Breaking static dependencies using Java 8 lambdas

Static dependencies are usually bad , because that dependencies are based on the class level and class objects can not be replaced at runtime in contrast to object instances. That’s why static dependencies are usually a pain if it comes to tests. When you want to write a unit test you usually want to mock the dependent objects, but you can’t do that if the dependent object is a class. Timing is for example hard to test, because it is based on the static call to System.currentTimeMillis(); and the result of currentTimeMillis changes all the time. Of course it does, because it’s the nature of time but that makes it also hard… Read More »Breaking static dependencies using Java 8 lambdas

Global java vm arguments

When you start a Java virtual machine you can specify various vm arguments. Some alter the memory management, some the garbage collection and some are system properties. But you can also specify global vm arguments that are picked up by every virtual machine that starts within an environment context. These global options are specified using the _JAVA_OPTIONS environment variable. _JAVA_OPTIONS=-Xmx1024m When you start a JVM while the _JAVA_OPTIONS environment variable is set you will see something like Picked up _JAVA_OPTIONS: -Xm1024m on the command line. The JVM tells you that it has found global java options and picked it up. Useful _JAVA_OPTIONS use cases Certificate management In a lot of… Read More »Global java vm arguments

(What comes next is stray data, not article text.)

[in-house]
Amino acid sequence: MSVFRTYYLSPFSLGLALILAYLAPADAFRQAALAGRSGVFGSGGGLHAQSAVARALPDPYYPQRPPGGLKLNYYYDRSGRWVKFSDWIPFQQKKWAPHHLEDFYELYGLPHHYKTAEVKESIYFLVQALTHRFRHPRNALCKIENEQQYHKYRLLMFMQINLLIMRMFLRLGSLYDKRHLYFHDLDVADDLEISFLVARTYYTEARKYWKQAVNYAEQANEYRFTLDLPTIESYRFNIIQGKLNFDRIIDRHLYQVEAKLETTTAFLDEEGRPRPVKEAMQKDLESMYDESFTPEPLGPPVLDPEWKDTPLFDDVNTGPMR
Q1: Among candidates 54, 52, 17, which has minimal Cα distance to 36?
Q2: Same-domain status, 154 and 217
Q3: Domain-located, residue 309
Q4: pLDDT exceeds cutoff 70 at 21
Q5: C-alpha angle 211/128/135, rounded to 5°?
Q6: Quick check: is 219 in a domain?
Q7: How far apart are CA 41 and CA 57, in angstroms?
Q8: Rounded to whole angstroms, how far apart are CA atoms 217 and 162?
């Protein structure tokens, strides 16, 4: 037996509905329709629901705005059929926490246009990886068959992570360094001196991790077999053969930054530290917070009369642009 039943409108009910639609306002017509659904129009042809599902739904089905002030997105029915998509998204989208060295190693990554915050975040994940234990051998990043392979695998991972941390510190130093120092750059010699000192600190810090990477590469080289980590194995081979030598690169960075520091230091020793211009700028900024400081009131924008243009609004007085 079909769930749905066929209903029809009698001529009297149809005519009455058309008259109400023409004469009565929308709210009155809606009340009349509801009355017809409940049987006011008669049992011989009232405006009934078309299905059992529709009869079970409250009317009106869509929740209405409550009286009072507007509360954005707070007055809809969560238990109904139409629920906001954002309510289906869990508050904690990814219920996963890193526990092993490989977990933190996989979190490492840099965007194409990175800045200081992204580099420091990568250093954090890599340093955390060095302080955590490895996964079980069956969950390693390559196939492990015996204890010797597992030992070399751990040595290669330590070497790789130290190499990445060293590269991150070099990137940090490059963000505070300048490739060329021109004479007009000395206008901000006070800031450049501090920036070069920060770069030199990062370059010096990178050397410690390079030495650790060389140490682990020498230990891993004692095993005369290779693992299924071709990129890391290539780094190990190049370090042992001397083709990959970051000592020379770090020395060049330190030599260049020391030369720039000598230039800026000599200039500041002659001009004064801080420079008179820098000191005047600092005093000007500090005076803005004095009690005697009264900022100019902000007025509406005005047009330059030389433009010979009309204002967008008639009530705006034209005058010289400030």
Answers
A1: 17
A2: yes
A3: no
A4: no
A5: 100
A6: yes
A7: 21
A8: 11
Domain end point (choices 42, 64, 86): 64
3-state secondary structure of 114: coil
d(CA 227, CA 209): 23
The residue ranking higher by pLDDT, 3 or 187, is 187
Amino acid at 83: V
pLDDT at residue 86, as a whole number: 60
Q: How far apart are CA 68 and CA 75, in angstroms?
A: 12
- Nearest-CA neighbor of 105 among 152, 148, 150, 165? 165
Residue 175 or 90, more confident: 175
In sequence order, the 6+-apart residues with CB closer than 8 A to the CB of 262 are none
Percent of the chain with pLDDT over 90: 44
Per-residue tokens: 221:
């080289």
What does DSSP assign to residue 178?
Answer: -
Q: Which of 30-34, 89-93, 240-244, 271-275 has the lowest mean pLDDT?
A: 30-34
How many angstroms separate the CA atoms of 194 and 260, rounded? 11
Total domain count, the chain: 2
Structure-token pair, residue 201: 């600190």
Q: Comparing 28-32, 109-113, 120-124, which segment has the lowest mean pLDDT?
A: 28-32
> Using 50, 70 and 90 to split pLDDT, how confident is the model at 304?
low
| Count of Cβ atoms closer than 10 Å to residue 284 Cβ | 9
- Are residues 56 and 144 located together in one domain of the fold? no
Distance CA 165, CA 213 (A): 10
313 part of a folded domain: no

One dot per line saves time

Today I want to introduce you to a simple rule that I apply when developing software. This rule often saves me a lot of time and it is simple to apply. I usually write code in Java and so the rule is made for Java programming in the first place, but it might also be adapted to other languages. I call that rule One dot per line The dot character in Java is primarly used for dereferencing. This also means that it can lead to NullPointerExceptions. The nature of NPEs is that they contain few context information. java.lang.NullPointerException at org.apache.commons.lang3.time.FastDateParser$TimeZoneStrategy.<init>( at org.apache.commons.lang3.time.FastDateParser.getLocaleSpecificStrategy( at org.apache.commons.lang3.time.FastDateParser.getStrategy( at org.apache.commons.lang3.time.FastDateParser.access$100( at org.apache.commons.lang3.time.FastDateParser$StrategyParser.letterPattern( … This is primarily a… Read More »One dot per line saves time